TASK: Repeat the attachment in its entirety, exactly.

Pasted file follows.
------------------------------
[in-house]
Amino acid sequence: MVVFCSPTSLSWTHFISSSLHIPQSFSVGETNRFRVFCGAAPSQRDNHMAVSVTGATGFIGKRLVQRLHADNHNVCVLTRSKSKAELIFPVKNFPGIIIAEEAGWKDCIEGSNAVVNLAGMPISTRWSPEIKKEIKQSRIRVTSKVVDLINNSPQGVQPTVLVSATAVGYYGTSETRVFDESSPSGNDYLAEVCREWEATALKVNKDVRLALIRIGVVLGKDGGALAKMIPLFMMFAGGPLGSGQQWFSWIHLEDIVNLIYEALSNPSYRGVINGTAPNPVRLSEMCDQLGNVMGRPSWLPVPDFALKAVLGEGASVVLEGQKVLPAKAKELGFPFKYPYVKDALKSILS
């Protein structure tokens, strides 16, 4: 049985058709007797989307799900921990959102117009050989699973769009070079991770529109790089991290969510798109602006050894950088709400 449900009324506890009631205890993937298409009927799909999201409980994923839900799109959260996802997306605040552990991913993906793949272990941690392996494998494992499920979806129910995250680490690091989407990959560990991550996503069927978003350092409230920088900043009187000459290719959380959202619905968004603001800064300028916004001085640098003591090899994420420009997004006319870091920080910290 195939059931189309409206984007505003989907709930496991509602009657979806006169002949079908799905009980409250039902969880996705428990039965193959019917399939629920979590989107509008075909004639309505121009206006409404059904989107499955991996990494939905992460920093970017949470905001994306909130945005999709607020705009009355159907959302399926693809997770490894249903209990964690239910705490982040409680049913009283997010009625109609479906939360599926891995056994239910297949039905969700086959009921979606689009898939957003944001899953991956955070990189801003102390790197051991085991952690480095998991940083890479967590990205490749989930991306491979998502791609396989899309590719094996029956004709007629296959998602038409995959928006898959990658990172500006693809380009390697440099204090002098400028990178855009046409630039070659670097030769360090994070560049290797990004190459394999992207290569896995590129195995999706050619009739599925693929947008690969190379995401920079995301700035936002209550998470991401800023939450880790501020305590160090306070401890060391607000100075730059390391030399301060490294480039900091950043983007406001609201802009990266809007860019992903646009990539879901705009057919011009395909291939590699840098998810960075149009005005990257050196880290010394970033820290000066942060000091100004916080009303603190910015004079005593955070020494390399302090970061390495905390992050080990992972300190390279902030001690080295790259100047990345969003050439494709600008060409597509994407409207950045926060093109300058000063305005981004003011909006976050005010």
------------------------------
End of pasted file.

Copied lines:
[in-house]
Amino acid sequence: MVVFCSPTSLSWTHFISSSLHIPQSFSVGETNRFRVFCGAAPSQRDNHMAVSVTGATGFIGKRLVQRLHADNHNVCVLTRSKSKAELIFPVKNFPGIIIAEEAGWKDCIEGSNAVVNLAGMPISTRWSPEIKKEIKQSRIRVTSKVVDLINNSPQGVQPTVLVSATAVGYYGTSETRVFDESSPSGNDYLAEVCREWEATALKVNKDVRLALIRIGVVLGKDGGALAKMIPLFMMFAGGPLGSGQQWFSWIHLEDIVNLIYEALSNPSYRGVINGTAPNPVRLSEMCDQLGNVMGRPSWLPVPDFALKAVLGEGASVVLEGQKVLPAKAKELGFPFKYPYVKDALKSILS
């Protein structure tokens, strides 16, 4: 049985058709007797989307799900921990959102117009050989699973769009070079991770529109790089991290969510798109602006050894950088709400 449900009324506890009631205890993937298409009927799909999201409980994923839900799109959260996802997306605040552990991913993906793949272990941690392996494998494992499920979806129910995250680490690091989407990959560990991550996503069927978003350092409230920088900043009187000459290719959380959202619905968004603001800064300028916004001085640098003591090899994420420009997004006319870091920080910290 195939059931189309409206984007505003989907709930496991509602009657979806006169002949079908799905009980409250039902969880996705428990039965193959019917399939629920979590989107509008075909004639309505121009206006409404059904989107499955991996990494939905992460920093970017949470905001994306909130945005999709607020705009009355159907959302399926693809997770490894249903209990964690239910705490982040409680049913009283997010009625109609479906939360599926891995056994239910297949039905969700086959009921979606689009898939957003944001899953991956955070990189801003102390790197051991085991952690480095998991940083890479967590990205490749989930991306491979998502791609396989899309590719094996029956004709007629296959998602038409995959928006898959990658990172500006693809380009390697440099204090002098400028990178855009046409630039070659670097030769360090994070560049290797990004190459394999992207290569896995590129195995999706050619009739599925693929947008690969190379995401920079995301700035936002209550998470991401800023939450880790501020305590160090306070401890060391607000100075730059390391030399301060490294480039900091950043983007406001609201802009990266809007860019992903646009990539879901705009057919011009395909291939590699840098998810960075149009005005990257050196880290010394970033820290000066942060000091100004916080009303603190910015004079005593955070020494390399302090970061390495905390992050080990992972300190390279902030001690080295790259100047990345969003050439494709600008060409597509994407409207950045926060093109300058000063305005981004003011909006976050005010």